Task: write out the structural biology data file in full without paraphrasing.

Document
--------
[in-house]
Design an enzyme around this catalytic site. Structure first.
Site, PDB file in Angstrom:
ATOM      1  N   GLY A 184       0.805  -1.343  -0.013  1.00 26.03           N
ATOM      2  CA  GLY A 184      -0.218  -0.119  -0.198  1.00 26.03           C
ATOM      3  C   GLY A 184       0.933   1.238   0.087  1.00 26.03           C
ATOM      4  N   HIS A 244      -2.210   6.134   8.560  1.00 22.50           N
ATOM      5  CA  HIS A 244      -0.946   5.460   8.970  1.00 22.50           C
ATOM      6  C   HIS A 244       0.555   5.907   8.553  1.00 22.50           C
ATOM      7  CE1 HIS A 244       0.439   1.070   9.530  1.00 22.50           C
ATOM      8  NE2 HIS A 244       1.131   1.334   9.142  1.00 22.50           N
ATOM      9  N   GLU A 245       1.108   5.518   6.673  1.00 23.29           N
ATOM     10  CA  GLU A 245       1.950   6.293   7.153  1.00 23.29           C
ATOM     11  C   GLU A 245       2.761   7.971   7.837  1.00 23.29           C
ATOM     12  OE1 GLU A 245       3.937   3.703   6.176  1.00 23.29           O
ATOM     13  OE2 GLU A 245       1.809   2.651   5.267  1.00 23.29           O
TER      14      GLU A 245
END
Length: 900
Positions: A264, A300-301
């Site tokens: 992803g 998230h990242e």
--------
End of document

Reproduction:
[in-house]
Design an enzyme around this catalytic site. Structure first.
Site, PDB file in Angstrom:
ATOM      1  N   GLY A 184       0.805  -1.343  -0.013  1.00 26.03           N
ATOM      2  CA  GLY A 184      -0.218  -0.119  -0.198  1.00 26.03           C
ATOM      3  C   GLY A 184       0.933   1.238   0.087  1.00 26.03           C
ATOM      4  N   HIS A 244      -2.210   6.134   8.560  1.00 22.50           N
ATOM      5  CA  HIS A 244      -0.946   5.460   8.970  1.00 22.50           C
ATOM      6  C   HIS A 244       0.555   5.907   8.553  1.00 22.50           C
ATOM      7  CE1 HIS A 244       0.439   1.070   9.530  1.00 22.50           C
ATOM      8  NE2 HIS A 244       1.131   1.334   9.142  1.00 22.50           N
ATOM      9  N   GLU A 245       1.108   5.518   6.673  1.00 23.29           N
ATOM     10  CA  GLU A 245       1.950   6.293   7.153  1.00 23.29           C
ATOM     11  C   GLU A 245       2.761   7.971   7.837  1.00 23.29           C
ATOM     12  OE1 GLU A 245       3.937   3.703   6.176  1.00 23.29           O
ATOM     13  OE2 GLU A 245       1.809   2.651   5.267  1.00 23.29           O
TER      14      GLU A 245
END
Length: 900
Positions: A264, A300-301
């Site tokens: 992803g 998230h990242e």